When a defamatory statement is republished by another person, that person may be held liable to the same extent as the original defamer. I recently wrote about liability for rumor-mongering and focused on the potential liability of the person spreading rumors heard from another source. This month, I want to focus on the potential liability of the source of the defamatory statement, particularly when the statement is made to another under circumstances that make it highly likely the defamatory statement will be shared with a larger audience.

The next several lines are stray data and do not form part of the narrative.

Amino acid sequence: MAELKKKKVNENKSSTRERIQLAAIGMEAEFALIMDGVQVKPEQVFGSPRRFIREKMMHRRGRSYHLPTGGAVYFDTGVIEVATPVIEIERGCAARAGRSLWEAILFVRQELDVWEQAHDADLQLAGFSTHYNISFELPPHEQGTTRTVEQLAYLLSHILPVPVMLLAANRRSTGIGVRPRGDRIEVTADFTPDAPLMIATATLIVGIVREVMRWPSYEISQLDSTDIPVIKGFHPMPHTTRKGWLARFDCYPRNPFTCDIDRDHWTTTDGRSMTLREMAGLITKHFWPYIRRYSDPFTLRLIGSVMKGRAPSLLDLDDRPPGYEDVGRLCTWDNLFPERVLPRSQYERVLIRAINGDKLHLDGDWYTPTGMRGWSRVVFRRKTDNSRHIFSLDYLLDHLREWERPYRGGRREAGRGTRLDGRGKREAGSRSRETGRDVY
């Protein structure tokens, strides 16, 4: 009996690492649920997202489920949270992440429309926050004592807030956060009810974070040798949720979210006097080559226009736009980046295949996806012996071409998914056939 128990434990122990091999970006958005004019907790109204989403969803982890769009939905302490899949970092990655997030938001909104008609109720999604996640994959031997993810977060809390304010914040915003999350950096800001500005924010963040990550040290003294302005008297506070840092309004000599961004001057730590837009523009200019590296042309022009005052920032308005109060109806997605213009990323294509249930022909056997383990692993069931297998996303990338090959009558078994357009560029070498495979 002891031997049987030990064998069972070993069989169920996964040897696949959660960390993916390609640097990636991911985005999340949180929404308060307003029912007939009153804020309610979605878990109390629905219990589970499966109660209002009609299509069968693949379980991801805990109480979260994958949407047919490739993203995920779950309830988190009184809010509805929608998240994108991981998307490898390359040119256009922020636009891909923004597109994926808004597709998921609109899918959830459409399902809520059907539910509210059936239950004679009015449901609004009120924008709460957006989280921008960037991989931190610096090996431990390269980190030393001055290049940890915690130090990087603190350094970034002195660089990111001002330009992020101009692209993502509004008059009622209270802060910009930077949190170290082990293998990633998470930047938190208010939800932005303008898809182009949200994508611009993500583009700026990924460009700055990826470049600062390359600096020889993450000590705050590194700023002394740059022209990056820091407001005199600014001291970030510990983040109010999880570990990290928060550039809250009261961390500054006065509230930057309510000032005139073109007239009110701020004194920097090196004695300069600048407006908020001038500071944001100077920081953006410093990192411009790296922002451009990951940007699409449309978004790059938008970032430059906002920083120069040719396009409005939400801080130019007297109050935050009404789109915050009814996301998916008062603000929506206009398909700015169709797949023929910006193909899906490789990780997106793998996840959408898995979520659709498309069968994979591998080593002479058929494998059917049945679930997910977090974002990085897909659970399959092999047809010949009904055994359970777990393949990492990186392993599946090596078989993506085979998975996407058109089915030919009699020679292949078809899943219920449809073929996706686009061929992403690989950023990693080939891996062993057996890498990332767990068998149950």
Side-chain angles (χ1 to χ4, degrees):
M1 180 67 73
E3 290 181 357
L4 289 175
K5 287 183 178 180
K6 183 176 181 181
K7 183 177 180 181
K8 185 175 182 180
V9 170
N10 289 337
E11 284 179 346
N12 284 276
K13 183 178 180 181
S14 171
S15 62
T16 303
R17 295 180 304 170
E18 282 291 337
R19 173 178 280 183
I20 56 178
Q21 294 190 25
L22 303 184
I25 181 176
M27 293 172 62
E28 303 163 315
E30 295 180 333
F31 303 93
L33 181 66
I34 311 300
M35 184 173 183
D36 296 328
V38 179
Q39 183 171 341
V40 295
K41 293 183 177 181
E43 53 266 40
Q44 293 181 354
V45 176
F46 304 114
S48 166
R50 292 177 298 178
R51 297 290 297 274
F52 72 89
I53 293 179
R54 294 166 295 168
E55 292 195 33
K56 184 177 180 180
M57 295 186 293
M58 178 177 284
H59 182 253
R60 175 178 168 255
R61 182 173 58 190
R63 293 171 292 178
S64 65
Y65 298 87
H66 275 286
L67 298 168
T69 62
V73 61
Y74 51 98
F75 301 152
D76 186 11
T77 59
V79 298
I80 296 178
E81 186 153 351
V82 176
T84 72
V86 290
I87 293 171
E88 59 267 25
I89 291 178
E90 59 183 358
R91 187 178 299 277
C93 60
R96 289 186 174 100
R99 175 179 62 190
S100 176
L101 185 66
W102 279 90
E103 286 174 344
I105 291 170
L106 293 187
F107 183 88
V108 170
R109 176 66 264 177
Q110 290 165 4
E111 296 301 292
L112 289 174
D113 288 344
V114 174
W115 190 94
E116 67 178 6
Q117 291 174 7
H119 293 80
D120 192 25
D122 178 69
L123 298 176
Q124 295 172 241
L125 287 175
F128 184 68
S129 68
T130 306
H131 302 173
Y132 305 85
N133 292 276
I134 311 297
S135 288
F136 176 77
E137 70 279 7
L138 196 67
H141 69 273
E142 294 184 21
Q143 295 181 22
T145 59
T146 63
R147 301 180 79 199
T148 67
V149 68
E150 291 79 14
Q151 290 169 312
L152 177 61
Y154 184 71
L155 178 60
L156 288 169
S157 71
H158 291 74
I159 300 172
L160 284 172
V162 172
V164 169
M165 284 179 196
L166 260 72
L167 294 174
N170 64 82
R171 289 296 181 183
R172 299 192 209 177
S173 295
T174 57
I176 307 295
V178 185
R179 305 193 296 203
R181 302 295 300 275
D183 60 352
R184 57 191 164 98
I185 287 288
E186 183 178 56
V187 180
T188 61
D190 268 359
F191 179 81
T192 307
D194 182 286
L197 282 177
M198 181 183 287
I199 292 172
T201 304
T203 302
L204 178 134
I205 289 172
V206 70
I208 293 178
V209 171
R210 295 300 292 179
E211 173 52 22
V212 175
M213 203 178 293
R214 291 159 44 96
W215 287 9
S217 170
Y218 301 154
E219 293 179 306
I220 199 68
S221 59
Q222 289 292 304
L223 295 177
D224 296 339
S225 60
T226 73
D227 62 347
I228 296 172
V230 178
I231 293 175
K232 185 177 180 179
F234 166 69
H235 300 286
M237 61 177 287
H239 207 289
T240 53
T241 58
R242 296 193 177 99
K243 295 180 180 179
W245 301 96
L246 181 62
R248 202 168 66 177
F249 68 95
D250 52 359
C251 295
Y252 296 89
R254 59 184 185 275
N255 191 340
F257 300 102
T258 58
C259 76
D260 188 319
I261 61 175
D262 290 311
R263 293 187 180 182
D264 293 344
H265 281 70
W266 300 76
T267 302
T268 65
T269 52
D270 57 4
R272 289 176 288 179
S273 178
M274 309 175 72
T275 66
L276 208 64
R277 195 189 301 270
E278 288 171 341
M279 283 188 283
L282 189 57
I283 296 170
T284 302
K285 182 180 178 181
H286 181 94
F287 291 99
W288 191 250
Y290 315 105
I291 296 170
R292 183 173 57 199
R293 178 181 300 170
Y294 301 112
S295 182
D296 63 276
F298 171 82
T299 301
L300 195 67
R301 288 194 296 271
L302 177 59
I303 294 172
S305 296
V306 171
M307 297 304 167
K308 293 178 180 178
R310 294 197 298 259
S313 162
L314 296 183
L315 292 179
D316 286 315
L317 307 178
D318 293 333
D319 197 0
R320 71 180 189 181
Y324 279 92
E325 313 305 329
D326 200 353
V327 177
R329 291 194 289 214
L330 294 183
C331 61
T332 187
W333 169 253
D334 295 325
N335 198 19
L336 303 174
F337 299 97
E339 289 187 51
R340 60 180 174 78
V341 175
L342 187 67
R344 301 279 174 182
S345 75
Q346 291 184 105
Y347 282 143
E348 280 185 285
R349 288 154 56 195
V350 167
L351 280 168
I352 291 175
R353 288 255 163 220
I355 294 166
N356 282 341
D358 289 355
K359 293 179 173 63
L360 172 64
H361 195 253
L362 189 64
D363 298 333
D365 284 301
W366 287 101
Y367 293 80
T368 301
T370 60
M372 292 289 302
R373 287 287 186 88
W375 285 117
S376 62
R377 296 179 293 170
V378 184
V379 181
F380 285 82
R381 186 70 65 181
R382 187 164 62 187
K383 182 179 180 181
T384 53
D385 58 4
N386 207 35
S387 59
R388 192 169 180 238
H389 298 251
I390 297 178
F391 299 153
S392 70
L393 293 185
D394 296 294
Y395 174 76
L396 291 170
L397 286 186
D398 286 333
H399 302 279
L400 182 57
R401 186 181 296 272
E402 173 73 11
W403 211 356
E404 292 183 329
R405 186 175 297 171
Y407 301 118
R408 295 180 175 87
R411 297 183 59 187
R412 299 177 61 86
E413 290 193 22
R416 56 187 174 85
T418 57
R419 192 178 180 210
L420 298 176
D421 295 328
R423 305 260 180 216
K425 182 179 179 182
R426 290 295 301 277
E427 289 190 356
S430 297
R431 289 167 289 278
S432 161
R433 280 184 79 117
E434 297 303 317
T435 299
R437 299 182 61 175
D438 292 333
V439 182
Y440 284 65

The general rule in Virginia is that the original publisher of a defamatory statement will be liable for republication if repetition of the statement was foreseeable as the natural and probable consequence of the original publication:
It is well settled that the author or originator of a defamation is liable for a republication or repetition thereof by third persons, provided it is the natural and probable consequence of his act, or he has presumptively or actually authorized or directed its republication. This is based upon the principle that such republication constitutes a new cause of action against the original author. However, the original author is not responsible if the republication or repetition is not the natural and probable consequence of his act, but is the independent and unauthorized act of a third party.
Weaver v. Beneficial Fin. Co., 199 Va. 196, 199 (1957).